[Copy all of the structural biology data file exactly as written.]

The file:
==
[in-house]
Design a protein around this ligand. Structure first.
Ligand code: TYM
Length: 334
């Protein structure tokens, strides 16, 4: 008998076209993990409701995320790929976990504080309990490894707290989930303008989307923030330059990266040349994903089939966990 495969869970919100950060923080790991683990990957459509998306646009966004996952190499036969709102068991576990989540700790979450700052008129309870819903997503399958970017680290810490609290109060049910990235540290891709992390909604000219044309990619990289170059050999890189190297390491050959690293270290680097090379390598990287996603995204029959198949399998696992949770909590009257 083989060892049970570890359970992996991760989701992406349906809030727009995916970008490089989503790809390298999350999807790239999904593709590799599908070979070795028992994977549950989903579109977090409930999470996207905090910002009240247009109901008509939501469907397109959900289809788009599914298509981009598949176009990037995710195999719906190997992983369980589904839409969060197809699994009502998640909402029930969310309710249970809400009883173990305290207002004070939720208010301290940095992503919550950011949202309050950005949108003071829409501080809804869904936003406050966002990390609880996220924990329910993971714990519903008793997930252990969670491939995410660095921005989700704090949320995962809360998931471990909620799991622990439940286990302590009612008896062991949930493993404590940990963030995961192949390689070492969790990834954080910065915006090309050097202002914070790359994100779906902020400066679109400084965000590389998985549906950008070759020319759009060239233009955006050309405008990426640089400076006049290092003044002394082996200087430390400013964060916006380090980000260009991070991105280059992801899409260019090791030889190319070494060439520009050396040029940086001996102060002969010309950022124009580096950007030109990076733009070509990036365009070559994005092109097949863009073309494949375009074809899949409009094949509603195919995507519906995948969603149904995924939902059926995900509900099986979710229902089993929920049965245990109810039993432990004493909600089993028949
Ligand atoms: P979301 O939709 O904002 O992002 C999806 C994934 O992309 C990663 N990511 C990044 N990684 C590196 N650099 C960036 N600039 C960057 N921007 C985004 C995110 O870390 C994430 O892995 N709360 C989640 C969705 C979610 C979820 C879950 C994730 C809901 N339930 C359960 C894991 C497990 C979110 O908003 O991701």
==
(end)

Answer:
[in-house]
Design a protein around this ligand. Structure first.
Ligand code: TYM
Length: 334
């Protein structure tokens, strides 16, 4: 008998076209993990409701995320790929976990504080309990490894707290989930303008989307923030330059990266040349994903089939966990 495969869970919100950060923080790991683990990957459509998306646009966004996952190499036969709102068991576990989540700790979450700052008129309870819903997503399958970017680290810490609290109060049910990235540290891709992390909604000219044309990619990289170059050999890189190297390491050959690293270290680097090379390598990287996603995204029959198949399998696992949770909590009257 083989060892049970570890359970992996991760989701992406349906809030727009995916970008490089989503790809390298999350999807790239999904593709590799599908070979070795028992994977549950989903579109977090409930999470996207905090910002009240247009109901008509939501469907397109959900289809788009599914298509981009598949176009990037995710195999719906190997992983369980589904839409969060197809699994009502998640909402029930969310309710249970809400009883173990305290207002004070939720208010301290940095992503919550950011949202309050950005949108003071829409501080809804869904936003406050966002990390609880996220924990329910993971714990519903008793997930252990969670491939995410660095921005989700704090949320995962809360998931471990909620799991622990439940286990302590009612008896062991949930493993404590940990963030995961192949390689070492969790990834954080910065915006090309050097202002914070790359994100779906902020400066679109400084965000590389998985549906950008070759020319759009060239233009955006050309405008990426640089400076006049290092003044002394082996200087430390400013964060916006380090980000260009991070991105280059992801899409260019090791030889190319070494060439520009050396040029940086001996102060002969010309950022124009580096950007030109990076733009070509990036365009070559994005092109097949863009073309494949375009074809899949409009094949509603195919995507519906995948969603149904995924939902059926995900509900099986979710229902089993929920049965245990109810039993432990004493909600089993028949
Ligand atoms: P979301 O939709 O904002 O992002 C999806 C994934 O992309 C990663 N990511 C990044 N990684 C590196 N650099 C960036 N600039 C960057 N921007 C985004 C995110 O870390 C994430 O892995 N709360 C989640 C969705 C979610 C979820 C879950 C994730 C809901 N339930 C359960 C894991 C497990 C979110 O908003 O991701």